A Quirk

I never remember where I park.  On more occasions than I’d like to admit, I’ve walked around in circles holding out my keys trying to beep beep my way to my vehicle by zeroing in on the sound like a cat ready to pounce.  People slowly driving by seeking out a perfect spot begin following me.  They believe I’m heading straight to my car.  I have to turn to their hopeful face and shrug my shoulders.

No, I’m not walking to my car, I’m looking for my car.

They shoot past me annoyed.  I don’t mean to be a tease.  Lugging a heavy bag of books and wishing I wore different shoes, I snake up and down the university lot’s aisles of cars.  It is not my most dignified of moments.

What makes this a truly regrettable quirk is that my mother also never remembered where she parked.  She drove a tan ’86 Volvo.  It was horrendous.  It was a flesh colored box on wheels, but she loved it.  Hell, she wanted it.  In my mind, it solidified our differences.

One afternoon in the late 80s we wrapped up some time at the mall, and when she stepped outside she said (as usual), “Now.  Where did I park?”  The search began.  Normally we’d find the car pretty quickly.  This one instance, however, required serious investigating.  After considerable time pacing we decided to split up.  I zipped about looking left and right.

It suddenly dawned on me that the car might have been stolen.  With renewed effort I ran faster, not in the hopes of finding the car but with the hope of not finding the car.  Good-bye ugly Volvo!  I giggled.  I prayed.  I fantasized filing a police report and telling dad that we had to go buy something else now.  Perhaps I’d have a say in the purchase.  Maybe a pink convertible with an awesome cassette player for me to blast my Jem and The Holograms tape.

And when the possibility seemed so close I heard my mom calling my name from a few rows over.  She yelled, “It’s over here.”

We kept that Volvo for twenty years.

People say that one day you’ll do something just as your parents.  That “one day” feels like an ominous rite of passage into adulthood.  I suspect I’m not alone in thinking I’d be immune to it, but it’s inevitable.  The moment that perfect imitation escapes your mouth it’s a shock.  The world moves in slow motion.  Your actions don’t feel like your own.  Your “self” is no longer under the illusion of being something singular but rather a collection of experiences and influences.  Every time I park my car in the university lot I take deliberate note of my surroundings.  I’m just a few paces from the third divider.  Or, I’m next to the scrawny tree.  But, after a day of lecturing, chatting with students, and sorting through readings I find myself approaching the parking lot and whispering, “Now. Where did I park?”

About unsolicitedtidbits

Philosophy, books, coffee, Mexican food enthusiast. View all posts by unsolicitedtidbits

11 responses to “A Quirk

  • Dixie Minor

    I really enjoyed this! I can sooo relate! One mall in Atlanta is laid out in such a way that there was one time when looking for my lost car felt so surreal. (Underground, dark, almost empty, etc.) It is especially bad around Christmas when cars follow you hopefully! I have learned it give myself little visual and verbal cues. It may be lame, but I seem to have to! 🙂 Thanks for the smile.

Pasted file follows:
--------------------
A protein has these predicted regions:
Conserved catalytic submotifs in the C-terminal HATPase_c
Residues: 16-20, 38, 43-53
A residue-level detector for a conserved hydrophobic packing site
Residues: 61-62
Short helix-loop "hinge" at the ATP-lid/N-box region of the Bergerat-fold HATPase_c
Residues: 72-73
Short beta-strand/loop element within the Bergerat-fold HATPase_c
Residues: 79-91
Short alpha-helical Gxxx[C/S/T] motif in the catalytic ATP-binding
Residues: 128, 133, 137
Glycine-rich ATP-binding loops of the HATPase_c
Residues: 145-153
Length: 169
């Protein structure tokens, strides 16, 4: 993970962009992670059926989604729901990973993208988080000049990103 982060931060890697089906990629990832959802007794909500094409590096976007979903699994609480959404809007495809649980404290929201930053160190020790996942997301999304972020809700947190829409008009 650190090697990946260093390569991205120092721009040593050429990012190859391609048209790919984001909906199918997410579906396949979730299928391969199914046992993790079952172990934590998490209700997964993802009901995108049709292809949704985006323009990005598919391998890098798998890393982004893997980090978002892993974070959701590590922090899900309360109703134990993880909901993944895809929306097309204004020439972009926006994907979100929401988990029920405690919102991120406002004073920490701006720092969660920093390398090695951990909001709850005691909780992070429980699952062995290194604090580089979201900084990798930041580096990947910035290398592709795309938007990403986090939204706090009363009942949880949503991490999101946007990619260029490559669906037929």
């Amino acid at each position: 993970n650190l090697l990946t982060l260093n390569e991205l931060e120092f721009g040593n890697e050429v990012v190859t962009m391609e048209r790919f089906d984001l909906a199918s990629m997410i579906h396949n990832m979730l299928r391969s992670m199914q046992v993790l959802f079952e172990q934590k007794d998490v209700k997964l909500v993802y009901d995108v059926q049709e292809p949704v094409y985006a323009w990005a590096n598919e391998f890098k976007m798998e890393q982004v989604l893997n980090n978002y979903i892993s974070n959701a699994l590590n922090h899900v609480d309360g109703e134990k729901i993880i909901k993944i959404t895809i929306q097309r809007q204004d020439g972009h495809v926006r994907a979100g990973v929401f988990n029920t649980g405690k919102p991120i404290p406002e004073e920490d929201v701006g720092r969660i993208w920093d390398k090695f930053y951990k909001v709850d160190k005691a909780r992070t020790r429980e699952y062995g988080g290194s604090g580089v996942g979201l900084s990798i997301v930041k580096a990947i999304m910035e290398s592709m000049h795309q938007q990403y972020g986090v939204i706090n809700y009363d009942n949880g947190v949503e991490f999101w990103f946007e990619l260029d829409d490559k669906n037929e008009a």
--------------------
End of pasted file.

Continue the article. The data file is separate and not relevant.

• severalfourmany

    Ha! A familiar problem. There are a couple of strategies that have worked well for me over the years:

    1) For frequently used parking lots: Park in the far side of the lot, where nobody else ever parks and park in the same spot every day. Then you don’t have to remember, it’s always there. And in the end it actually SAVES walking as you can go straight to the car rather than walking around looking for it.

    2) For infrequently used parking spots: a) Take a picture of the car that also displays it’s proximity to nearby landmarks. b) Drop a location pin on your phone’s map and save it to your contacts. I have one called “Car is Here” that I use more than I would like to admit.

    I haven’t gotten to the point where I am using one of these [https://play.google.com/store/apps/details?id=com.elibera.android.findmycar] but that’s only because I’ve started taking the train everywhere.

  • maria9saif

    that was a fun read ^_^ loved it 🙂

  • iwannabealady

    For me, my moment is always looking for my keys. My goodness I’m my mother…

  • thefemininefeministe

    This was so adorable. It reminds me of that Seinfeld episode where the gang loses their car in the parking garage and Elaine is panicked about her fish dying.

    I remember one time I thought my car had been stolen and as I began to call the police, my friend found it underneath a lightpole. I had been crying and was distraught and then was suddenly quite embarrassed to have missed my bright yellow car. In my defense, it was a large parking lot in the middle of downtown!

    • unsolicitedtidbits

      I remember that episode! George: “We’re like rats in an experiment!” Fun fact, when the car didn’t work at the end it was a mistake, but they decided to keep the goof for the ending.

      Thanks for reading. Cheers.

  • bronxboy55

    The worst situation is when it’s a parking garage with multiple levels, and each level looks exactly like all the others. I’m good for twenty or thirty minutes of hopeless wandering before the idea ever dawns on me that I’m on the wrong floor. There’s an invention in here somewhere, and someone is going to make a lot of money from it. I just don’t have any idea what it is. But when it hits the stores, I’ll probably buy one.

    Jem and the Holograms? When was this?

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